Pakistani militant leader Maulvi Nazir killed in U.S. drone strike
Leader downed A U.S. drone strike launched Wednesday night killed top Pakistani militant commander Maulvi Nazir, who was considered by the Pakistani military to be one of the "good Taliban" because he focused his attacks on U.S. forces in Afghanistan rather than the Pakistani officials and security forces targeted by other factions of the militant ...
A U.S. drone strike launched Wednesday night killed top Pakistani militant commander Maulvi Nazir, who was considered by the Pakistani military to be one of the "good Taliban" because he focused his attacks on U.S. forces in Afghanistan rather than the Pakistani officials and security forces targeted by other factions of the militant group (AP, Reuters, LAT, NYT, Post, The News). The drone-fired missile struck a house in Angoor Adda, near the city of Wana, South Waziristan, killing nine people inside.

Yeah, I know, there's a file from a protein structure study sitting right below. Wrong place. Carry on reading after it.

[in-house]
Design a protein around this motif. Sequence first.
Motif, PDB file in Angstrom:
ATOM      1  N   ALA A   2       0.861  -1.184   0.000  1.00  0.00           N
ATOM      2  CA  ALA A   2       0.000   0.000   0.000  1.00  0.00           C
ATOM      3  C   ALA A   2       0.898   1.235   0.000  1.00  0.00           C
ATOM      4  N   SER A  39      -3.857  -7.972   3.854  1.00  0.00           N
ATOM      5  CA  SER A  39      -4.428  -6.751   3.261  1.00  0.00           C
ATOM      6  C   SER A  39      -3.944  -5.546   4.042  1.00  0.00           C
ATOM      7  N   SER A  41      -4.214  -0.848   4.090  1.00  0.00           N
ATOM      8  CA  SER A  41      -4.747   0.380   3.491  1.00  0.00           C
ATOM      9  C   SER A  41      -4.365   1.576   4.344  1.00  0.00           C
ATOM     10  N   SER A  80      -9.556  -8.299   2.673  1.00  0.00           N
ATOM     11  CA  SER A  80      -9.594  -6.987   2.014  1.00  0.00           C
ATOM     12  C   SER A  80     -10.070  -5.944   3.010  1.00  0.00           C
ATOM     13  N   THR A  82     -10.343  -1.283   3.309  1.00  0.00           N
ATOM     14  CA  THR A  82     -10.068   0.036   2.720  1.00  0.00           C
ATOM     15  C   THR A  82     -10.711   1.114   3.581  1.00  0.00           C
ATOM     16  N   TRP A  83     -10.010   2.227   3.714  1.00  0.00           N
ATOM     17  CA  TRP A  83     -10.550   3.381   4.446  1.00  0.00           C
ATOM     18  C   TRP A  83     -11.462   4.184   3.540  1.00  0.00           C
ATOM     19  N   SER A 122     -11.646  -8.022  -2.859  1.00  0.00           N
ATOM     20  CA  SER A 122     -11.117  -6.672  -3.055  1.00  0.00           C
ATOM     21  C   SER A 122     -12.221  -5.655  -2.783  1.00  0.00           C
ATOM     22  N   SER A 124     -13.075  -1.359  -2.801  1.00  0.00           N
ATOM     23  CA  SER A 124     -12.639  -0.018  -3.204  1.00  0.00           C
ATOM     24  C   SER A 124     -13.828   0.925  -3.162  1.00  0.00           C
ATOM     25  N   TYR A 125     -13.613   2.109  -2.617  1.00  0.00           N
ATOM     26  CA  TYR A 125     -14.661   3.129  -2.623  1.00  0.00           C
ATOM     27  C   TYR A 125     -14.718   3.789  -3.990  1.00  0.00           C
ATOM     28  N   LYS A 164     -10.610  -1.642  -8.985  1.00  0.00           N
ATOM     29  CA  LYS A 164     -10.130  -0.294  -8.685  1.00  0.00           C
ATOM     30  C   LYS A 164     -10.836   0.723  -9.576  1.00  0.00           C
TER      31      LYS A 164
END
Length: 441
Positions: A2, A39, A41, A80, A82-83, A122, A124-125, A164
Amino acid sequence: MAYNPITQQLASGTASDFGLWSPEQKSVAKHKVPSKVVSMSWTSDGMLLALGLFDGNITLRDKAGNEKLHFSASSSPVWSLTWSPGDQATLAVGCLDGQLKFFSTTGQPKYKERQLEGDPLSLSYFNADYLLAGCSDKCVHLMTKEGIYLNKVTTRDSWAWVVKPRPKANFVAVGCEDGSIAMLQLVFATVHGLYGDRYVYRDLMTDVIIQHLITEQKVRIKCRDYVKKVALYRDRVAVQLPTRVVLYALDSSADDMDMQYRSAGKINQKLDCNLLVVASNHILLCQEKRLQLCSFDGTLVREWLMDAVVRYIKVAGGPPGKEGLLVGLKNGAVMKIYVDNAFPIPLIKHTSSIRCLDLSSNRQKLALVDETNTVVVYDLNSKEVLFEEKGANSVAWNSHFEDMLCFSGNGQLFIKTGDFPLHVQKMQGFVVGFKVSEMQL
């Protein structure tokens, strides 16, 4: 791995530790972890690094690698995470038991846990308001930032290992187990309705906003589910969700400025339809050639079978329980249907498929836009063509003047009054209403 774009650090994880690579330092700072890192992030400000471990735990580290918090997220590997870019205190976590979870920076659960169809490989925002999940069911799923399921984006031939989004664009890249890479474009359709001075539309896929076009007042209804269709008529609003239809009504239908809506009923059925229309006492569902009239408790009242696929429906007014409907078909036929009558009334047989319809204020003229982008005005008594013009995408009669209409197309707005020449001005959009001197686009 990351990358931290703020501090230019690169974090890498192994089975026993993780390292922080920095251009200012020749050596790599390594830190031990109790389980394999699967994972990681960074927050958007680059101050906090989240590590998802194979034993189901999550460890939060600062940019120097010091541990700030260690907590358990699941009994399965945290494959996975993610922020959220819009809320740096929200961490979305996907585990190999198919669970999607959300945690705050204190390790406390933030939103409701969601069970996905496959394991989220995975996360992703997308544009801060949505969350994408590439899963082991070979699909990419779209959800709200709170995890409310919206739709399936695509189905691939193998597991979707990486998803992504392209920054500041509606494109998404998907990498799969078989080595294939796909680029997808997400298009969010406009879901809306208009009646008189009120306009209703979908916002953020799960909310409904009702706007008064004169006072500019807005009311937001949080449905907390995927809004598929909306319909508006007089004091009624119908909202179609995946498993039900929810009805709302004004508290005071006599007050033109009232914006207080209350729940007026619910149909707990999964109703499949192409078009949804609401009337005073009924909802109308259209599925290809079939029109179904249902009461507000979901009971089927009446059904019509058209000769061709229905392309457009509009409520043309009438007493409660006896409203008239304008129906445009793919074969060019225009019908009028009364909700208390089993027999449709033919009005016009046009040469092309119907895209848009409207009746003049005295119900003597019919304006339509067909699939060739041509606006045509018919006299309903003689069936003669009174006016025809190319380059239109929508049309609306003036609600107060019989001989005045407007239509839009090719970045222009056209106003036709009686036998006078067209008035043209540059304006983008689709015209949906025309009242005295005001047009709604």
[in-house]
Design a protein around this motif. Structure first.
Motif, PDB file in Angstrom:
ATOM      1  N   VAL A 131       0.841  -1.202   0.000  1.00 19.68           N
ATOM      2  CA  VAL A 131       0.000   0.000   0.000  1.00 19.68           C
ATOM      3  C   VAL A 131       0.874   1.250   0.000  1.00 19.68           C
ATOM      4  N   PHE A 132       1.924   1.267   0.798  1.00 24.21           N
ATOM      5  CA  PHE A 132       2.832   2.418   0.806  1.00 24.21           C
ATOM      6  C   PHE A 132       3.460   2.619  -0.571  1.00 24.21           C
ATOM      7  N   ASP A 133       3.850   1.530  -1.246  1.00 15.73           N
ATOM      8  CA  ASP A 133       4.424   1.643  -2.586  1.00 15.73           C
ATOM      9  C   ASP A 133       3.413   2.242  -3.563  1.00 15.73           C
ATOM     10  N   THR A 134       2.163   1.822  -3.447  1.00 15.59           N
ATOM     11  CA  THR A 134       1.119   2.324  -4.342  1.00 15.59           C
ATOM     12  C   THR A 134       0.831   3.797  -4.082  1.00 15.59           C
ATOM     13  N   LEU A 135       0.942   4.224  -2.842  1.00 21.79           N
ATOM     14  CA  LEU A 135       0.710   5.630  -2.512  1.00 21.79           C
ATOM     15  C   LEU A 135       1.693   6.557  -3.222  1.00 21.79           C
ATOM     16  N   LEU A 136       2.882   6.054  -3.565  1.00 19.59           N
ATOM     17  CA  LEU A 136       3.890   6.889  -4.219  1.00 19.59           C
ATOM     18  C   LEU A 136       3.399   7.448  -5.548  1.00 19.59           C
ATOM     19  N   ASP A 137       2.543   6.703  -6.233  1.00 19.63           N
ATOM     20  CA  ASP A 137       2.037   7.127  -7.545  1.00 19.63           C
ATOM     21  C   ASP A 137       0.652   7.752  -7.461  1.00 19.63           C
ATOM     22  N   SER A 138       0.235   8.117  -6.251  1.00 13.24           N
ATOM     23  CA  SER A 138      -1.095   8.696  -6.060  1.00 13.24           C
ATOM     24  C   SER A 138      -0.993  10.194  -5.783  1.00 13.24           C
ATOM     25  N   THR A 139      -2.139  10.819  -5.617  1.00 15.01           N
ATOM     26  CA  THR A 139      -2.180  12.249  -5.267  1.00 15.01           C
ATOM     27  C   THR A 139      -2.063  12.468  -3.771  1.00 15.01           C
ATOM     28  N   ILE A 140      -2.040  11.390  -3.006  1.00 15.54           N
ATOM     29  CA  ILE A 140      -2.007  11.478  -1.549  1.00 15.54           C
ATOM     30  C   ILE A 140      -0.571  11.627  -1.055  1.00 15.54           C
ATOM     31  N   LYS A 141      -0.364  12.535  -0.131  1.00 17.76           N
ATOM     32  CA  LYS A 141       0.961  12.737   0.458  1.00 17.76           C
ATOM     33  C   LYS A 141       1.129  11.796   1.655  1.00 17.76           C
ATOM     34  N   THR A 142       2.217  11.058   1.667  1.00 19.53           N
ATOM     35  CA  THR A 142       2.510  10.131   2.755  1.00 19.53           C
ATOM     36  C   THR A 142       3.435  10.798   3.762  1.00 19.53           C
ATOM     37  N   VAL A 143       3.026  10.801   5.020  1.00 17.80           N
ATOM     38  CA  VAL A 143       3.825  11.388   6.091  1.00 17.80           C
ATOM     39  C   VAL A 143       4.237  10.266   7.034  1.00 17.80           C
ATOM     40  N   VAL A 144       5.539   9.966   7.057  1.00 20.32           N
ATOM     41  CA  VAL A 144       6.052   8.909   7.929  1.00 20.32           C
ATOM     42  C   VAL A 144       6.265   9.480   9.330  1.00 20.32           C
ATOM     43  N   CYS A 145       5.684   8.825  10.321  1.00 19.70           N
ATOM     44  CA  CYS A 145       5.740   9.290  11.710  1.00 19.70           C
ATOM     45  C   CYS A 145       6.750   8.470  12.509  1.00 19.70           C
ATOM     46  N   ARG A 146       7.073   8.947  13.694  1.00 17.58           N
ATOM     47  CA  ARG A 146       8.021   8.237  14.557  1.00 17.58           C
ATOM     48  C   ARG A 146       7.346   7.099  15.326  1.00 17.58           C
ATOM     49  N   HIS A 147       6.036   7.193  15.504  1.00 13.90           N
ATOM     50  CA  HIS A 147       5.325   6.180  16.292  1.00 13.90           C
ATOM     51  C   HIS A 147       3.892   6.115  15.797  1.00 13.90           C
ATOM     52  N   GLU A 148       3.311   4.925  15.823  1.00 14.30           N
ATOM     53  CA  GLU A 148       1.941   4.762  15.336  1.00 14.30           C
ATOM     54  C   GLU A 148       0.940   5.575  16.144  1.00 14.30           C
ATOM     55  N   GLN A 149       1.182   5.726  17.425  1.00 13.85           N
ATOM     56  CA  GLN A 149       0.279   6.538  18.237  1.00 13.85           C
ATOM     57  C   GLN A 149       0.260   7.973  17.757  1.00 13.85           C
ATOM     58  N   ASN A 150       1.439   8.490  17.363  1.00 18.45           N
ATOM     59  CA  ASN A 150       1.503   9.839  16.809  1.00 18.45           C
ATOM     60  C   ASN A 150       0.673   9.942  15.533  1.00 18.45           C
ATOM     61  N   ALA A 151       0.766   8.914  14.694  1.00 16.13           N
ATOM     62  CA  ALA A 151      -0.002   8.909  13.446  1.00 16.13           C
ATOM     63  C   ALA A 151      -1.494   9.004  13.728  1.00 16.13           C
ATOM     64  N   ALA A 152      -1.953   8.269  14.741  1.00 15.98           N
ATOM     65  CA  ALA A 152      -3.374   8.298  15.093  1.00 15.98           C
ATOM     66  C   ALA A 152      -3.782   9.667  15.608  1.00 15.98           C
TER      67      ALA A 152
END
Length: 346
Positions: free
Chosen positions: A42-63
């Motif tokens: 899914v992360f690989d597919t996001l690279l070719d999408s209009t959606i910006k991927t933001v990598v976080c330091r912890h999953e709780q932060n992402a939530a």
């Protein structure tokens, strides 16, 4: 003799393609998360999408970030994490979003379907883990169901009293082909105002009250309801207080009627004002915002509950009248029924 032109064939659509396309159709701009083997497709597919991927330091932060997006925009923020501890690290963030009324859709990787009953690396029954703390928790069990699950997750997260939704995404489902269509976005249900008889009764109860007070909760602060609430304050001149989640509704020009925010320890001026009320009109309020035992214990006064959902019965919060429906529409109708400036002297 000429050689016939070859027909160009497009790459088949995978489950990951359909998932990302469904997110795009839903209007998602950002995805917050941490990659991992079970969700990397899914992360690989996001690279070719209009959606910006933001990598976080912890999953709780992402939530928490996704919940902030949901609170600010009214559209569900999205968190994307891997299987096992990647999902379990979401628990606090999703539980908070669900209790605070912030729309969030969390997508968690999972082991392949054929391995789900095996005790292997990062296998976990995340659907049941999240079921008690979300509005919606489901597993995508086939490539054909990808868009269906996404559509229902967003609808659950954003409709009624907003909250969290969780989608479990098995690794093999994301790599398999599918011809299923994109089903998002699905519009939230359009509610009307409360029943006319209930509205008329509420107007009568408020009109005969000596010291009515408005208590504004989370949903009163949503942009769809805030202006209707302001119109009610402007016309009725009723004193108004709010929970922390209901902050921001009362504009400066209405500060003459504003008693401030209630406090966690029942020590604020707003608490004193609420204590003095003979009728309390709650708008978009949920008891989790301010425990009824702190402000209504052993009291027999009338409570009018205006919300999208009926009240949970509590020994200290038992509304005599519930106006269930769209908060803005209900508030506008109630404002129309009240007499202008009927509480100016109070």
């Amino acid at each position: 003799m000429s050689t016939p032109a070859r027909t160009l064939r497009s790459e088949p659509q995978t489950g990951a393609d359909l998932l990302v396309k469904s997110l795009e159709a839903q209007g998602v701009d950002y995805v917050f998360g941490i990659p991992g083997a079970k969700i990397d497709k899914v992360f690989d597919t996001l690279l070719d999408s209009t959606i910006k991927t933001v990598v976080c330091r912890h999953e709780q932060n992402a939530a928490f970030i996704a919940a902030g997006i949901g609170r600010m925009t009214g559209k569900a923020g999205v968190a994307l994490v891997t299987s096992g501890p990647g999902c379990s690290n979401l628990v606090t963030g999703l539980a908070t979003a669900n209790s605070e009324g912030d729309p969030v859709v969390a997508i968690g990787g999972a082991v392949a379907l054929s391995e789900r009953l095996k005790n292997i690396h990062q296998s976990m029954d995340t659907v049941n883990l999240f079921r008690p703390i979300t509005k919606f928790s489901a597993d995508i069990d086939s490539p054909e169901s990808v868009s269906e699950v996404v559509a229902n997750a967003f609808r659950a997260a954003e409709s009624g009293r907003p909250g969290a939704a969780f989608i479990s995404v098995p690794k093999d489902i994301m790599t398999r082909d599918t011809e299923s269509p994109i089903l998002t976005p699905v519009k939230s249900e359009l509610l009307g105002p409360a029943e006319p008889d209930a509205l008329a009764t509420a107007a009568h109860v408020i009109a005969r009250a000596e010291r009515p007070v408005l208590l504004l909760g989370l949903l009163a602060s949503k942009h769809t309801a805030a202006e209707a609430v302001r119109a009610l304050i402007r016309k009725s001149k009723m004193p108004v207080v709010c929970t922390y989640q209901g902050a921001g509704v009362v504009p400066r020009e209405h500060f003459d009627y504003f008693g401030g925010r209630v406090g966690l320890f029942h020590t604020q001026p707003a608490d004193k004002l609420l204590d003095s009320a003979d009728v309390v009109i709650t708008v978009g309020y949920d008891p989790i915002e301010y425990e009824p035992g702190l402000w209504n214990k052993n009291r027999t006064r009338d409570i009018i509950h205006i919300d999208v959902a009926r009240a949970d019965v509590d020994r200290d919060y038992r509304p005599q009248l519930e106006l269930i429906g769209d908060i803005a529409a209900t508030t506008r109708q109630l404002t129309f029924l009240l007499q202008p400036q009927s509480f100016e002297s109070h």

The Pakistani Army is set to discuss the Pakistani Taliban’s conditions for a ceasefire at a corps commanders’ meeting on Friday, but has also asked the government to come up with an official response (ET). Pakistani Taliban leader Hakimullah Mehsud said last week that his group could agree to a ceasefire if the government "adopted Sharia after changing the Constitution, revised foreign policy and ended its engagement with the war on terror in Afghanistan."
The father of Malala Yousafzai, who was shot in the head by Taliban militants in October and is still recovering at a hospital in England, has been offered a job at the Pakistani consulate in Birmingham, close to Malala’s hospital (AFP, CNN).
Times reporter Thom Shanker published a must-read on Wednesday outlining the parallels between NATO’s ongoing withdrawal from Afghanistan and the 1989 Soviet withdrawal strategy, which is widely remembered as a precipitator of the ensuing Afghan civil war (NYT).
A new look
Plastic surgery is on the rise in Afghanistan, and not just to mitigate the terrible effects that war has had on the appearances of many (LAT). As Bollywood movies and Turkish soap operas have soared in popularity in Afghanistan, and more women are entering the workforce, cosmetic surgery for the sake of beauty is becoming a much more common practice.
— Jennifer Rowland
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